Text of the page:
Off-Duty Carry - Yes or No?

If we look at this topic objectively, particularly, from a standpoint of risk and reward, I think most of us can agree that a police officer should carry their weapon while off duty.


Carrying a weapon off duty has been a lively topic of discussion for decades. As with most issues, being armed 24/7 has its pros and cons. However, if we look at this topic objectively, particularly, from a standpoint of risk and reward, I think most of us can agree that a police officer should carry their weapon while off duty.

To begin with, I think we recognize that our profession is a dangerous one. The chance that we will encounter dangerous people during our shift is great. That likelihood diminishes once we put the badge in our ID case and head home, but it doesn’t disappear completely. Depending on the city or town in which you reside, you may or may not enjoy a measure of anonymity. A majority of the residents will most likely know most small town police officers. Thus, whether in or out of uniform folks know that you are the police. It’s probably an advantage to be recognized as law enforcement. But it can also have a downside—that target you wear on your back while on duty, remains with you off-duty as well. Moreover, if a bad guy knows you’re a cop, he may take the chance to do you harm when he sees you in civvies, hoping you’re not carrying.

Big city cops can generally blend in with the rest of the citizenry. Places like New York and Chicago are home to millions of people. It’s easy to remain anonymous among the masses. The other side of that coin, however, is that big cities also have a higher incidence of violent crime. The probability of an off-duty cop, himself becoming a victim of crime, increases in larger towns.

Sometimes when discussing this most-often personal decision (some departments make it mandatory to carry off-duty, thus the decision is made for them) some cops have the mindset that when I’m off-duty I don’t do police work. These cops may be damn good on duty, but prefer to leave the job at the station. Others look at police work from a purely financial perspective, reasoning that if my department wants me to get involved in off-duty incidents they should pay me extra.

Then there are the pragmatic issues of when and where to carry. In other words, where do you draw the line? What about during exercise at the gym, or jogging along the lakefront? Do you take your gun? How about family events, like a cookout or attending a  football game? (That decision may be out of our hands, now that the NFL has decided no off-duty guns are allowed at games.) One venue that has always been a point of contention is church—should you carry there, or leave it in the car? Certainly, nothing evil can occur in a church. (Numerous shootings do happen in church, the latest in Lake Charles, Louisiana.)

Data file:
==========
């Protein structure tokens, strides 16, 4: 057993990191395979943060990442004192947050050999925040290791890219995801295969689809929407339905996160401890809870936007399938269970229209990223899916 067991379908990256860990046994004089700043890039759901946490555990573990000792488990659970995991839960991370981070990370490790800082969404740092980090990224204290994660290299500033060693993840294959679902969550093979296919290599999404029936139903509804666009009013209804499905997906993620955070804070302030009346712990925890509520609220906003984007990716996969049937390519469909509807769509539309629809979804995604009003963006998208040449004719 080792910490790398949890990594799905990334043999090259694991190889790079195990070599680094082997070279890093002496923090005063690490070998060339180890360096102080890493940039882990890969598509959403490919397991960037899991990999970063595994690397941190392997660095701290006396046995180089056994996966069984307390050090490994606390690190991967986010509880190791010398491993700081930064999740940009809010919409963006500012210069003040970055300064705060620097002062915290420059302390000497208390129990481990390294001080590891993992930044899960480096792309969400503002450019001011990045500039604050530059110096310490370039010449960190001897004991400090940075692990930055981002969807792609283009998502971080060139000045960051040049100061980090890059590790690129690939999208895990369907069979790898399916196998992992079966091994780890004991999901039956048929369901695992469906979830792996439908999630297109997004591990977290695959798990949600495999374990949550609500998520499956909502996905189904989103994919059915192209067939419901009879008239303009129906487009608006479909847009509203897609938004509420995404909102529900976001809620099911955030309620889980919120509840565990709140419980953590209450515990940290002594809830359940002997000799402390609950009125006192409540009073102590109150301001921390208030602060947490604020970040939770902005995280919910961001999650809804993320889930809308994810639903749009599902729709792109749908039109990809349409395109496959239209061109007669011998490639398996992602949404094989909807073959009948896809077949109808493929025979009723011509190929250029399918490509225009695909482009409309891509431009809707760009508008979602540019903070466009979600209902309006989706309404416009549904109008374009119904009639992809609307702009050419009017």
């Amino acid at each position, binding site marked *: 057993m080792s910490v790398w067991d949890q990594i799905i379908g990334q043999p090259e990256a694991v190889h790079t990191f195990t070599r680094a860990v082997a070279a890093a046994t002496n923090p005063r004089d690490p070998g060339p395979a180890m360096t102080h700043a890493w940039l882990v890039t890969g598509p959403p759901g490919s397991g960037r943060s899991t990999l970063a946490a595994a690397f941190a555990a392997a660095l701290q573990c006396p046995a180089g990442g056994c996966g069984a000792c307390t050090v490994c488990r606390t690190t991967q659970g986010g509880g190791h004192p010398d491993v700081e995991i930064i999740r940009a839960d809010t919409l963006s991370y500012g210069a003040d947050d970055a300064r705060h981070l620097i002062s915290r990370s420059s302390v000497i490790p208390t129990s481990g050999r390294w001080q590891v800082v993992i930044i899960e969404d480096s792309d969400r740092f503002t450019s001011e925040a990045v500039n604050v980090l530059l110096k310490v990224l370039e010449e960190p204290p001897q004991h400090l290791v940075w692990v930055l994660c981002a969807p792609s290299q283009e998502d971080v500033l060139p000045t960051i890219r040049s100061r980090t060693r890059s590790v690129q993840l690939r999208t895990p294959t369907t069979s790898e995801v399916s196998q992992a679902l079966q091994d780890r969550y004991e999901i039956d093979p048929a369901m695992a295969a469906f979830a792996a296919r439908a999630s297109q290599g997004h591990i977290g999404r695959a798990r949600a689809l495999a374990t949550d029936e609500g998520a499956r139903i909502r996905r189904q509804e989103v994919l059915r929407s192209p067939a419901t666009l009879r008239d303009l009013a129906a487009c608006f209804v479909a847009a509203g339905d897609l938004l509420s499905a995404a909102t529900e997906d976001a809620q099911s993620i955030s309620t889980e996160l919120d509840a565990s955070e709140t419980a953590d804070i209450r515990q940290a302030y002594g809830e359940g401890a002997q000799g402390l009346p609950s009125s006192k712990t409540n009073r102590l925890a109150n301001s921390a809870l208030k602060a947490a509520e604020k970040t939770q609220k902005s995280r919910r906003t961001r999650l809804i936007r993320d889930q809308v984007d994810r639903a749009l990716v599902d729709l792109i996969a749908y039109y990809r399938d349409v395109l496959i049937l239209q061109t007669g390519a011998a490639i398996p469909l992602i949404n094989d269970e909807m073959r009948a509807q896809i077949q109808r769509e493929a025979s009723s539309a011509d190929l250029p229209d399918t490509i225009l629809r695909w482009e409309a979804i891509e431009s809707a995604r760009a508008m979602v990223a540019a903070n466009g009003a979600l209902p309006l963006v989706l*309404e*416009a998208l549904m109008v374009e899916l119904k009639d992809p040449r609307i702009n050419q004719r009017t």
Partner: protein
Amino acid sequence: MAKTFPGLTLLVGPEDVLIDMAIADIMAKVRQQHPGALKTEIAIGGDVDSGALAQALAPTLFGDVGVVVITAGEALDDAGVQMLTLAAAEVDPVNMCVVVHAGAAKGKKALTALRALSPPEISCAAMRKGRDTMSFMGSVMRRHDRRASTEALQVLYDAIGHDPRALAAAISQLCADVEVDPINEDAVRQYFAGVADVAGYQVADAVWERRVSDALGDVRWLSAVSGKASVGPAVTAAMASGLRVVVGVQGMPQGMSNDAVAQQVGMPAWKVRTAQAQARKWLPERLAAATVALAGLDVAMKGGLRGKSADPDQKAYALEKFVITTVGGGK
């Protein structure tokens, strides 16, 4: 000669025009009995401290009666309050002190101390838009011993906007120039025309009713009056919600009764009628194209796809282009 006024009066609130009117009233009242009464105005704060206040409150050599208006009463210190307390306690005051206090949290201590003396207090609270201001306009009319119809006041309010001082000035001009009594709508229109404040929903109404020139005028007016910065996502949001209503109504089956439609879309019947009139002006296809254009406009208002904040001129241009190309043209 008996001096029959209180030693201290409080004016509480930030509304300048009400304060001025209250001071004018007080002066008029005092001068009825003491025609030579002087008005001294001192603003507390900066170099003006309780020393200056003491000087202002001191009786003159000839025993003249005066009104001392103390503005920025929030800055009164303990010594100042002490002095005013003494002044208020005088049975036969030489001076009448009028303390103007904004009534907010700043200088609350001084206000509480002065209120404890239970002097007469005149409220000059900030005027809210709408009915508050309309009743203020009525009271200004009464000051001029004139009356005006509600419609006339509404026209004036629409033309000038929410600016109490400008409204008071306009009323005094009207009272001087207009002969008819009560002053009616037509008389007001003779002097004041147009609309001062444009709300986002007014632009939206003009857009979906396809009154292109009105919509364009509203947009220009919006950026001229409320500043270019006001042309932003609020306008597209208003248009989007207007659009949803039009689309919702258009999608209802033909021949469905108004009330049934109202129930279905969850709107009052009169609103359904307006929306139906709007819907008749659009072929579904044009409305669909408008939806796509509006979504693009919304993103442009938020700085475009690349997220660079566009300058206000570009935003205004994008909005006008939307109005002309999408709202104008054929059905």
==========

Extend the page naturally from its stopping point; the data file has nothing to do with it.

One cop I know bases his decision on whether to carry, by doing a threat assessment. If he decides the trip to the gas station, or walking the dog doesn’t pose a great threat, he won’t take his weapon. Although I marvel at his intuition and ability to be able to predict human behavior and the severity of events, I think he plays a fool’s game.

The FBI’s 2010 report on Law Enforcement Officers Killed & Assaulted, indicated that there were five LEOs killed while off-duty. It doesn’t state whether or not these heroes purposely interjected themselves into a situation. But picture yourself witnessing something going down that warrants your involvement. Would you be better served having your weapon or not having it?

As human beings, we all have opinions on many things. As cops, we seem to have more opinions than those non-LE types. Not only that, but we strongly voice our opinions about them as well. There is a segment of those in the LE community that identify themselves as “Sheepdogs,” and/or “Warriors.” These men and women never hesitate to take action. They carry their guns wherever they go. They don’t necessarily look for incidents to become involved in, but they don’t shy away from them either. They know when to take action, or when to be the best witness they can be. They view being a cop as a vocation, not just a paycheck.

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